The fixed contact at 144 is connected to the negative supply terminal at 134, and the movable contact is connected at 146 to the signal lamp 148 to light the latter when the relay is energized. Additionally, there is provided a thermal relay 150 which may conveniently have a cycle of the order of three minutes, during most of which period its bimetallic contact element 152 is closed. The usual heater for opening the relay is indicated at 154 and a current limiting resistor is provided externally at 156. The operating circuit may be traced from 146 through the contact element 152 and resistors 156 and 154 to ground.

Connected to the lower terminal of the relay is a normally closed manually operable switch 158, and through this switch power connections are provided to a transistorized blocking oscillator including the power transistor 160 associated with an audio transformer 162.

The primary 164 of this transformer has its right hand terminal connected to ground at 166. The negative supply connections running from the relay 150' connect to the collectorof transistor 160 at 168. A resistor 170 is connected across the primary 164 of the transformer and a tap of this primary is connected at 172 to the emitter of the transistor 160. The base of this transistor is connected through capacitor 174 to the left hand terminal of the transformer primary. The airangement just described provides a blocking oscillator producing pulses fed through the secondary of transformer 162 to a speaker 176. Constants may be so chosen as to give a high pitched siren signal of great intensity from the speaker.

The foregoing operation would be true if the potential at the base of transistor 160 was constant. However, it is additionally desirable to provide undulation of frequency, and for this purpose the potential of the base of the transistor is varied at a suitable rate by connection through resistor 178 to multivibrator 184. The undulations may occur at repeated periods of, for example, one

to two seconds, and by varying the potential of the transistor base the frequency may be varied through a range as desired such as, for example, from 300 to 1,000 cycles per second. Actually the output is rich in harmonies accounting for the piercing tone which is desirable. The multivibrator 184 is conventional and comprises the triode and tetrode illustrated which may be contained in a single envelope, as in the tube 12AL8. The output is delivered at 186 through resistors 180 and 178, with provision of a bypassing capacitor 174 which keeps the blocking oscillator from feeding back signals which would interfere with the independence of operation of the multivibrator. For cooling the power transistor there may be conveniently supplied a motor-driven blower 190. The control grid of the tetrode assembly may conveniently I have bias applied by connection between the heater and blower motor. It will be evident that various meters or recorders may be incorporated in the circuit to give either indications or records of operation. Since these may be applied in various obvious fashions they will not be described in detail.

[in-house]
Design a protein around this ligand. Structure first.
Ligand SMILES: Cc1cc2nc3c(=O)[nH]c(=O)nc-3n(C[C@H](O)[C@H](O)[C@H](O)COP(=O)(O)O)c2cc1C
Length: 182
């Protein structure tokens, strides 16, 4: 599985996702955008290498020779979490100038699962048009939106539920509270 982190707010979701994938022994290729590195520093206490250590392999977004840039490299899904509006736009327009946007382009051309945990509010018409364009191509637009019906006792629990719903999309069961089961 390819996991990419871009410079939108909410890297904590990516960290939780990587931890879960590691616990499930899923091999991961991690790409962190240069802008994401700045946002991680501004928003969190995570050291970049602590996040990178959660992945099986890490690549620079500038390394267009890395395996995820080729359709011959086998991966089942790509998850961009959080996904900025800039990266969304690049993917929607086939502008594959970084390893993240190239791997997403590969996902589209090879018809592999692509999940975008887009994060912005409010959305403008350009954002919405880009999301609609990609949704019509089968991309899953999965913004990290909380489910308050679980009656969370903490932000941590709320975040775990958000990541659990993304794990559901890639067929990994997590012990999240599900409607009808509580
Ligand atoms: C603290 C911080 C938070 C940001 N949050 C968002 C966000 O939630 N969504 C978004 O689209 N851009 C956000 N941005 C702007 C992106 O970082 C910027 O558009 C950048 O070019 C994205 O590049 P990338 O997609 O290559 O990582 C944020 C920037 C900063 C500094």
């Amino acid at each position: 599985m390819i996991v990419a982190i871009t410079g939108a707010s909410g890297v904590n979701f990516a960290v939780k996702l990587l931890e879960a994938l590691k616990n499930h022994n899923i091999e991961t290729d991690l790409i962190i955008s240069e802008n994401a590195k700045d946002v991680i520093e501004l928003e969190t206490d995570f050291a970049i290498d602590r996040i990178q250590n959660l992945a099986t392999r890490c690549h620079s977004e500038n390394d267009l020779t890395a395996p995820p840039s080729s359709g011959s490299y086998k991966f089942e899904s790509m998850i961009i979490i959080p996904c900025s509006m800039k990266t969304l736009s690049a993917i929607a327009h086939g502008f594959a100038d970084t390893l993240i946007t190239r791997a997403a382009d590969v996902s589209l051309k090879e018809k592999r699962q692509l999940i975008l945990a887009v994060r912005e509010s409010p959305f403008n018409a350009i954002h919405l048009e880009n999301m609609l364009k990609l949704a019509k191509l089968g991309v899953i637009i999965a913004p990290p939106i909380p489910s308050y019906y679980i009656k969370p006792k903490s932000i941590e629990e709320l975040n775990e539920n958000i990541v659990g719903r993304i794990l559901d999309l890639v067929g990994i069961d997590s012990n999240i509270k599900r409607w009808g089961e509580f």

The overall operation will now be apparent. Under normal conditions the apparatus is set up desirably with approximate symmetry of the vertical conductors since this makes balancing easier and results in maximum sensitivity. Residual aspects of asymmetry are taken care of by adjustment of the elements 18A and 18B to result in a minimizing of the signal which is delivered at to the transistor 102.

Any disturbance of the field at any part thereof will result in an increase of the signal at 100 and the direct signal thus provided even if slowly changed by the intru sion will result in an output through the differentiating circuit and the rectifying brdge to energize the relay 126 and thus initiate a warning signal which, as indicated, is audible and/ or visible. The circuit is particularly adapted to the detection of very slow changes in the field such as might result from an attempt of an intruder to crawl therethrough even at such a low rate as one foot per minute. Nevertheless there will be detected even high speed intrusion by a running man or a thrown object. Due to the three phase electrical characteristic of the field with which is associated a three dimensional characteristic of the field in spae it is practically impossble to provde any bucking field which could prevent the occurrence of an output due to intrusion. This aspect would, of course, be true of a polyphase system in which the phases were greater than three or even in a two phase system with spatial distributions. However, the three phase system is most practical and altords as much protection as would be given by increase in the number of phases. It lends itself, furthermore, to simple extension horizontally by the possibility of adding, in effect, additional substantially equilateral triangular arrays of exciting elements.

It will be noted that all of the indicated polyphase systems give rise to a field rotating in space, which rotating field is extremely difficult, if not impossible, to modify, consistently with intrusion, so as to maintain unchanged the input to the detecting means.